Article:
To measure the permeability of rock samples using a gas permeameter and to apply Klinkenberg
effect corrections to obtain the liquid permeability.
The permeability of the rock is a measure of the ease of convecting fluids through it and may be
determined by a flow experiment. In 1856, Henry Darcy determined that the flow rate of flow of
water through a sand filter could be described by:
(h1 − h2 ) ........................................................................................................(6-1)
Where Q (cc/s) represents the volumetric flow rate through a sand pack with cross sectional area
A (cm) and length L (cm); h1 (cm) and h2 (cm) are the hydrostatic heads at the sand pack inlet
and outlet, respectively, and K (cm/s) is a constant of proportionality. Darcy’s experiments
were confined to water flow through 100% water saturated sand packs.
Later investigations determined that Darcy’s law could be extended to other liquids and that the
proportionality constant K could be replaced by k / µ , where k is the permeability of the rock,
and µ is the viscosity of the fluid flowing through the rock. With this modification, Darcy’s law
can be written in a form suitable for our experiment as:
∆P ..............................................................................................................(6-2)
Where Q is given in cm3/s, k is permeability in Darcy, µ is absolute viscosity in cP, A in cm2,
L is length in cm, and ∆P is pressure change along the sample in atm. From Equation 6-2, it
can be seen that when a 1 cP viscosity fluid flows at 1 cm3/s through a sample of cross sectional
area of 1 cm2 and length of 1 cm under a pressure change of 1 atm the porous medium has a
permeability of 1D.
Klinkenberg Effect
Permeability is a property inherent to the rock and do not depend on the type of fluid used to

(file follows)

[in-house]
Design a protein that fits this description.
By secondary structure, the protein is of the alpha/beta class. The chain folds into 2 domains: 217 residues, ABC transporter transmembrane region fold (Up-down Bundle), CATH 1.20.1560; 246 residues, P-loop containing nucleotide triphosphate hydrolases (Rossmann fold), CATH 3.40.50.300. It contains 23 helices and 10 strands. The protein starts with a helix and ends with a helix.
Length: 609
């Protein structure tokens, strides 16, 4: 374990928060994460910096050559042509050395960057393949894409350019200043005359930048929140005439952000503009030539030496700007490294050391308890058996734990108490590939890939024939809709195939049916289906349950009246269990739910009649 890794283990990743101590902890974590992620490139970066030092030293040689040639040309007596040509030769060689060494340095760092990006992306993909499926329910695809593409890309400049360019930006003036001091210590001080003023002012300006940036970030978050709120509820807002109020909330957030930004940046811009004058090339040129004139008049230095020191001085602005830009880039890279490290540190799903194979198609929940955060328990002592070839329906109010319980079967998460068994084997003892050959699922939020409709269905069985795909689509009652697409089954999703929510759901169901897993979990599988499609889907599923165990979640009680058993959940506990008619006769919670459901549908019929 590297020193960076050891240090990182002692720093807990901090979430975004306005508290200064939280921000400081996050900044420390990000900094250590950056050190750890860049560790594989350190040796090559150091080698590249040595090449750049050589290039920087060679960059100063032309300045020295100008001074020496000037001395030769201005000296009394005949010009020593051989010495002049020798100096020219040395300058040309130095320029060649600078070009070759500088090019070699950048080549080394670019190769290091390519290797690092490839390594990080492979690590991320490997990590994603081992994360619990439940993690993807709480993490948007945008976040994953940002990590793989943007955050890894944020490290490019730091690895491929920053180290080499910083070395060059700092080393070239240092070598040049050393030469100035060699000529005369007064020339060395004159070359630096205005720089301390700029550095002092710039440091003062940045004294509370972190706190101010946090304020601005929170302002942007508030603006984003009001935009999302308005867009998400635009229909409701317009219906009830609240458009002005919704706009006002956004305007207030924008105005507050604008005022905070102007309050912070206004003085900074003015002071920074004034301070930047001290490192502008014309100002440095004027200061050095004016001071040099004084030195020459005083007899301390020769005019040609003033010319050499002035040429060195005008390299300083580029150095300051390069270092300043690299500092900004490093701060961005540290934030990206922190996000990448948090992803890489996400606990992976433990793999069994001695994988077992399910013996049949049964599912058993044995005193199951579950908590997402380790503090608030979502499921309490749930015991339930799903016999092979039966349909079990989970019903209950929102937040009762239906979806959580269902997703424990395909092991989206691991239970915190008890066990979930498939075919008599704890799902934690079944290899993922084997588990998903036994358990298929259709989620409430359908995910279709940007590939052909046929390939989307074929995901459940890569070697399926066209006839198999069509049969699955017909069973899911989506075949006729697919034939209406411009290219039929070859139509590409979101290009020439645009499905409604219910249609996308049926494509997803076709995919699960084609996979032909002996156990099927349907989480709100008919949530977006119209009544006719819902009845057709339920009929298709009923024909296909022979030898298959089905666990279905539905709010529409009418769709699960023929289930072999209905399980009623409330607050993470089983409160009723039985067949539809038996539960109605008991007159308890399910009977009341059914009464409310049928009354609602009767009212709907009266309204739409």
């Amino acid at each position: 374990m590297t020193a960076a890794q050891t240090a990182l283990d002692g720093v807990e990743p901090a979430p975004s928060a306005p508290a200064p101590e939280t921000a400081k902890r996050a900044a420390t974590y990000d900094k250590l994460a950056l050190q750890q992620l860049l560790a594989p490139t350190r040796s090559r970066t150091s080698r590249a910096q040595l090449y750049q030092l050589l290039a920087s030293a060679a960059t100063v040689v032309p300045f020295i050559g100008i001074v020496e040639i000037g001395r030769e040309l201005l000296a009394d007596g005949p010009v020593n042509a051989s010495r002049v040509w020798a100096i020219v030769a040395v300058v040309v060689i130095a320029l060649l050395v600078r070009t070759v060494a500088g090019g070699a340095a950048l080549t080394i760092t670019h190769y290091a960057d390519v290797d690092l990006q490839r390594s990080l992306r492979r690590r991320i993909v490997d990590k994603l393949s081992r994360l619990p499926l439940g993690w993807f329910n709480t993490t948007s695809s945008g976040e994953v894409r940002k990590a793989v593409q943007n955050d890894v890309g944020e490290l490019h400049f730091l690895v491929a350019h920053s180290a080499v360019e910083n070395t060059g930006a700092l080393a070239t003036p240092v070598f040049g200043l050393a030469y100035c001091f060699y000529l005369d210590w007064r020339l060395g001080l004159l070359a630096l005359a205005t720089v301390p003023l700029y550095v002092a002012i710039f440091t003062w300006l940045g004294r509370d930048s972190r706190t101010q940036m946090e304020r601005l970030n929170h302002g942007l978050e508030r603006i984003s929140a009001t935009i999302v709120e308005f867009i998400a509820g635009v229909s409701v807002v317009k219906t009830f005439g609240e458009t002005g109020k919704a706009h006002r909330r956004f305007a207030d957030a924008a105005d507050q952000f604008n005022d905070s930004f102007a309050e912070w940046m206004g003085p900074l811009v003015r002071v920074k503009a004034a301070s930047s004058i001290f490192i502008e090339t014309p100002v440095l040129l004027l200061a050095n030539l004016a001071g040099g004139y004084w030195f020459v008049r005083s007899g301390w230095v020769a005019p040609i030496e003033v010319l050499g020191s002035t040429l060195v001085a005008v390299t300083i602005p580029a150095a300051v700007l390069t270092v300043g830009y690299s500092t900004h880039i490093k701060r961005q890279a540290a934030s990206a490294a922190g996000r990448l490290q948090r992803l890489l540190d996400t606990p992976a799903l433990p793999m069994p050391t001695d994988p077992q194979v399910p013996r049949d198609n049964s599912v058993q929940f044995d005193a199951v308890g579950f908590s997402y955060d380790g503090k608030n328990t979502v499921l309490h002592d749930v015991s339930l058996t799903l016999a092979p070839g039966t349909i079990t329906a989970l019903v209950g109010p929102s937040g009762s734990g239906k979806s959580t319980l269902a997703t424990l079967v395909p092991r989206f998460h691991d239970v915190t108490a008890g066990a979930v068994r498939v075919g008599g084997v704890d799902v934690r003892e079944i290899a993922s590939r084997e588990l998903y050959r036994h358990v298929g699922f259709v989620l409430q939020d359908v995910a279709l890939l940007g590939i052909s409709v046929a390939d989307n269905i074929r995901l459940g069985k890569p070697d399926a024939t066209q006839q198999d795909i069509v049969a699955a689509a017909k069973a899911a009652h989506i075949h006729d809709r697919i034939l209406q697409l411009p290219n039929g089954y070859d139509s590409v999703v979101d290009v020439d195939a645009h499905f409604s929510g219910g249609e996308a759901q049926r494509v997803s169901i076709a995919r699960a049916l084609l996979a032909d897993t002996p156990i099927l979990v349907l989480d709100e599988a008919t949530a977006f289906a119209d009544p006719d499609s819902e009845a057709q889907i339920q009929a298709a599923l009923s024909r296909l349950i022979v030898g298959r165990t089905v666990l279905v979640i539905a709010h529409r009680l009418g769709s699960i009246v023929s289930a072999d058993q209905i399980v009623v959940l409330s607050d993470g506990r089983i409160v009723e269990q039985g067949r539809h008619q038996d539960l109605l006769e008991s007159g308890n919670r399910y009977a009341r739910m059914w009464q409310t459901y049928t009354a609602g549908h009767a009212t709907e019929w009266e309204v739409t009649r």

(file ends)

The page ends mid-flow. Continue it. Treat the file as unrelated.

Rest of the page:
measure it. This is true for non-reactive liquid. However, Klinkenberg in 1941 found that the
permeability measurements on a core sample were not constant when using gases as the fluid,
but varied with the gas used to make the measurement, as well as the mean (average) pressure
existing in the core at the time of the measurement.
When liquid flows through tubes, the velocity profile is maximum at the center of the tube and
zero at the wall due to viscous forces. This does not happen with gas flowing at low pressures.
The gas molecules are in constant motion traveling back and forth a distance called the “mean
free path”. When the pressure is low the mean free path distance is large enough so that no gas
molecules will collide against the walls during some small periods of time. This effect reduces
the friction loss at the wall increasing the ease with the gas flows through the tube. This same
effect occurs in the porous space of rock and as consequence measured permeability appear to be
higher than it really is. As pressure is increased the “mean free path” of the gas molecules
becomes smaller and more molecules collide with the wall increasing the friction losses and the
measured permeability tends to the true absolute permeability.
Klinkenberg effect is only
important at laboratory conditions where permeability is generally measure at low pressures.
The permeability to gas ( k g ) is related to the mean pressure at measurement ( P ) and liquid
permeability ( k l ) as follows:
k g = k l 1 +  ..........................................................................................................(6-3)